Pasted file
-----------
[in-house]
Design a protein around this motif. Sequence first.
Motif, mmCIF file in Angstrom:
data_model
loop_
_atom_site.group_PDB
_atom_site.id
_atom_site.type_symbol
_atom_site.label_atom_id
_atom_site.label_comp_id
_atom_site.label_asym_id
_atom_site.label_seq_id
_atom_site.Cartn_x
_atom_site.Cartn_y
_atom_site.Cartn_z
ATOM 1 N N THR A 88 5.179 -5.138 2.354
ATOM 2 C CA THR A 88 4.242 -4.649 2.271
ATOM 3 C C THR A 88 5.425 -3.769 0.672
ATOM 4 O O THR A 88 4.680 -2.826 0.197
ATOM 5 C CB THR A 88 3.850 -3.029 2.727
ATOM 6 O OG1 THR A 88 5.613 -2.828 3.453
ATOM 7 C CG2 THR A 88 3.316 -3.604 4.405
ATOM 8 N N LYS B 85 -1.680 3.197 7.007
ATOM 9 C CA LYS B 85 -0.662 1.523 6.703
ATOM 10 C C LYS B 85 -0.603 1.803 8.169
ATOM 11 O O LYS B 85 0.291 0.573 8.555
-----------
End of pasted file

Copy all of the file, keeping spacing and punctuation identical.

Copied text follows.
[in-house]
Design a protein around this motif. Sequence first.
Motif, mmCIF file in Angstrom:
data_model
loop_
_atom_site.group_PDB
_atom_site.id
_atom_site.type_symbol
_atom_site.label_atom_id
_atom_site.label_comp_id
_atom_site.label_asym_id
_atom_site.label_seq_id
_atom_site.Cartn_x
_atom_site.Cartn_y
_atom_site.Cartn_z
ATOM 1 N N THR A 88 5.179 -5.138 2.354
ATOM 2 C CA THR A 88 4.242 -4.649 2.271
ATOM 3 C C THR A 88 5.425 -3.769 0.672
ATOM 4 O O THR A 88 4.680 -2.826 0.197
ATOM 5 C CB THR A 88 3.850 -3.029 2.727
ATOM 6 O OG1 THR A 88 5.613 -2.828 3.453
ATOM 7 C CG2 THR A 88 3.316 -3.604 4.405
ATOM 8 N N LYS B 85 -1.680 3.197 7.007
ATOM 9 C CA LYS B 85 -0.662 1.523 6.703
ATOM 10 C C LYS B 85 -0.603 1.803 8.169
ATOM 11 O O LYS B 85 0.291 0.573 8.555